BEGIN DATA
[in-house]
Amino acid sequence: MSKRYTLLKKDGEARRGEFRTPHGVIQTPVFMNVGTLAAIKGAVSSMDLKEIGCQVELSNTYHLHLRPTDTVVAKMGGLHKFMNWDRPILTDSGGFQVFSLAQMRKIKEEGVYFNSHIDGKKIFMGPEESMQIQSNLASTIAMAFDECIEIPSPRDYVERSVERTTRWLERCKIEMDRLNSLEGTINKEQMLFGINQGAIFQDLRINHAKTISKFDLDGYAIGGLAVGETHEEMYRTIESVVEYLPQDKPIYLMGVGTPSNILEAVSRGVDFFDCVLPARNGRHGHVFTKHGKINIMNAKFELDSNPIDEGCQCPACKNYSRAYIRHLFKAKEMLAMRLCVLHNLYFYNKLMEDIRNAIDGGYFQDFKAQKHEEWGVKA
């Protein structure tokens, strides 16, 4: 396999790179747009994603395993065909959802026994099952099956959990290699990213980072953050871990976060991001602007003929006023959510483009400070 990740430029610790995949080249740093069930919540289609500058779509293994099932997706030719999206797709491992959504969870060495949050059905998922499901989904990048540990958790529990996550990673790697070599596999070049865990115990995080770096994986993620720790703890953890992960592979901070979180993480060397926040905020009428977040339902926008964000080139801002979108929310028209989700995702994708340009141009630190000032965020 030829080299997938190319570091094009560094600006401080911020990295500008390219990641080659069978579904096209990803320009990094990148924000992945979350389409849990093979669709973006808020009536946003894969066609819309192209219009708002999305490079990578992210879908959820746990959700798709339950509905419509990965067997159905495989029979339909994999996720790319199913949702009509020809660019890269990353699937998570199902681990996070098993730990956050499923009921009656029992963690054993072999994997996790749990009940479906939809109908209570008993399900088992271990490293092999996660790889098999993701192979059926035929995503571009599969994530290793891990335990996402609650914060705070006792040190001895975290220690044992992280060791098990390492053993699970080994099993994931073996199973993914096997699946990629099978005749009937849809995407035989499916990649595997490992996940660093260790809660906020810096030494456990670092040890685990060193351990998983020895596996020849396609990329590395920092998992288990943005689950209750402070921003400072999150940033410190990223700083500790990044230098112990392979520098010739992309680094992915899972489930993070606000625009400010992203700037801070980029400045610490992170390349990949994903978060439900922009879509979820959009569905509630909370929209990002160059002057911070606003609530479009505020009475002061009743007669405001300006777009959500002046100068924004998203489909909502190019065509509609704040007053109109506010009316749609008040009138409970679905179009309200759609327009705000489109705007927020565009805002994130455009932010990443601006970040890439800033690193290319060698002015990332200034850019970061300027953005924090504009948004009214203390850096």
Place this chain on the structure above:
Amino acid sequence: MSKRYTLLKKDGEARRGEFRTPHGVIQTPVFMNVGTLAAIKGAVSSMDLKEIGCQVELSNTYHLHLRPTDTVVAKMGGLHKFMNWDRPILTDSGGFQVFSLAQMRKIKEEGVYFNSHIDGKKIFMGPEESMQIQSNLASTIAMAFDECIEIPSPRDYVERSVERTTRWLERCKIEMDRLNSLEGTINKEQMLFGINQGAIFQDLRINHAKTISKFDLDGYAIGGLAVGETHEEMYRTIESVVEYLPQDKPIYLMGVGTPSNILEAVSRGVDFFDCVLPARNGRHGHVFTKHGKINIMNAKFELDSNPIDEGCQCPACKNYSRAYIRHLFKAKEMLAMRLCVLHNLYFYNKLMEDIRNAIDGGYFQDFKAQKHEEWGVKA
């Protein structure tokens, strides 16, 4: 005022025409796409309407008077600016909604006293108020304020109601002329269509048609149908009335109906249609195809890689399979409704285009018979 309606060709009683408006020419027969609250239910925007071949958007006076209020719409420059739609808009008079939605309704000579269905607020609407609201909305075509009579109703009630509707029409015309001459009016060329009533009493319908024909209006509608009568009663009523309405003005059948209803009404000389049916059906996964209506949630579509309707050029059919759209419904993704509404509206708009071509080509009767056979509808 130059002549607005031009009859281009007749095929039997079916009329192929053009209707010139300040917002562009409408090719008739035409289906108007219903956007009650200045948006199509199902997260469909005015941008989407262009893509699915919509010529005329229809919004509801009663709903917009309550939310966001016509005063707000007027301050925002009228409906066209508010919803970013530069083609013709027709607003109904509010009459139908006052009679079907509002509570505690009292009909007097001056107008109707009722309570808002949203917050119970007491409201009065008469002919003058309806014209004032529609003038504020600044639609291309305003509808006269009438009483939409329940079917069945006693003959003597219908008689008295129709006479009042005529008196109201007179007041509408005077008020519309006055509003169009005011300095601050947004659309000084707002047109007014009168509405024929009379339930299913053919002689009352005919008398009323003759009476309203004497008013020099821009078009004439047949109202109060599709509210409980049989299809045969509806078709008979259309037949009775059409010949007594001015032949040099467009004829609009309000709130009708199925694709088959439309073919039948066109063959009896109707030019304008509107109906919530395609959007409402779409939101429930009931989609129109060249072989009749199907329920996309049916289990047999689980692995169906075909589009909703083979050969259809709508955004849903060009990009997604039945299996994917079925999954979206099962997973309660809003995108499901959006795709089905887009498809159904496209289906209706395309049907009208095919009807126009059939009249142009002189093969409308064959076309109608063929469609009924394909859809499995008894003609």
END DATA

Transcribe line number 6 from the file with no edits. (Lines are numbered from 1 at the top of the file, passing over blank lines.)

């Protein structure tokens, strides 16, 4: 005022025409796409309407008077600016909604006293108020304020109601002329269509048609149908009335109906249609195809890689399979409704285009018979 309606060709009683408006020419027969609250239910925007071949958007006076209020719409420059739609808009008079939605309704000579269905607020609407609201909305075509009579109703009630509707029409015309001459009016060329009533009493319908024909209006509608009568009663009523309405003005059948209803009404000389049916059906996964209506949630579509309707050029059919759209419904993704509404509206708009071509080509009767056979509808 130059002549607005031009009859281009007749095929039997079916009329192929053009209707010139300040917002562009409408090719008739035409289906108007219903956007009650200045948006199509199902997260469909005015941008989407262009893509699915919509010529005329229809919004509801009663709903917009309550939310966001016509005063707000007027301050925002009228409906066209508010919803970013530069083609013709027709607003109904509010009459139908006052009679079907509002509570505690009292009909007097001056107008109707009722309570808002949203917050119970007491409201009065008469002919003058309806014209004032529609003038504020600044639609291309305003509808006269009438009483939409329940079917069945006693003959003597219908008689008295129709006479009042005529008196109201007179007041509408005077008020519309006055509003169009005011300095601050947004659309000084707002047109007014009168509405024929009379339930299913053919002689009352005919008398009323003759009476309203004497008013020099821009078009004439047949109202109060599709509210409980049989299809045969509806078709008979259309037949009775059409010949007594001015032949040099467009004829609009309000709130009708199925694709088959439309073919039948066109063959009896109707030019304008509107109906919530395609959007409402779409939101429930009931989609129109060249072989009749199907329920996309049916289990047999689980692995169906075909589009909703083979050969259809709508955004849903060009990009997604039945299996994917079925999954979206099962997973309660809003995108499901959006795709089905887009498809159904496209289906209706395309049907009208095919009807126009059939009249142009002189093969409308064959076309109608063929469609009924394909859809499995008894003609």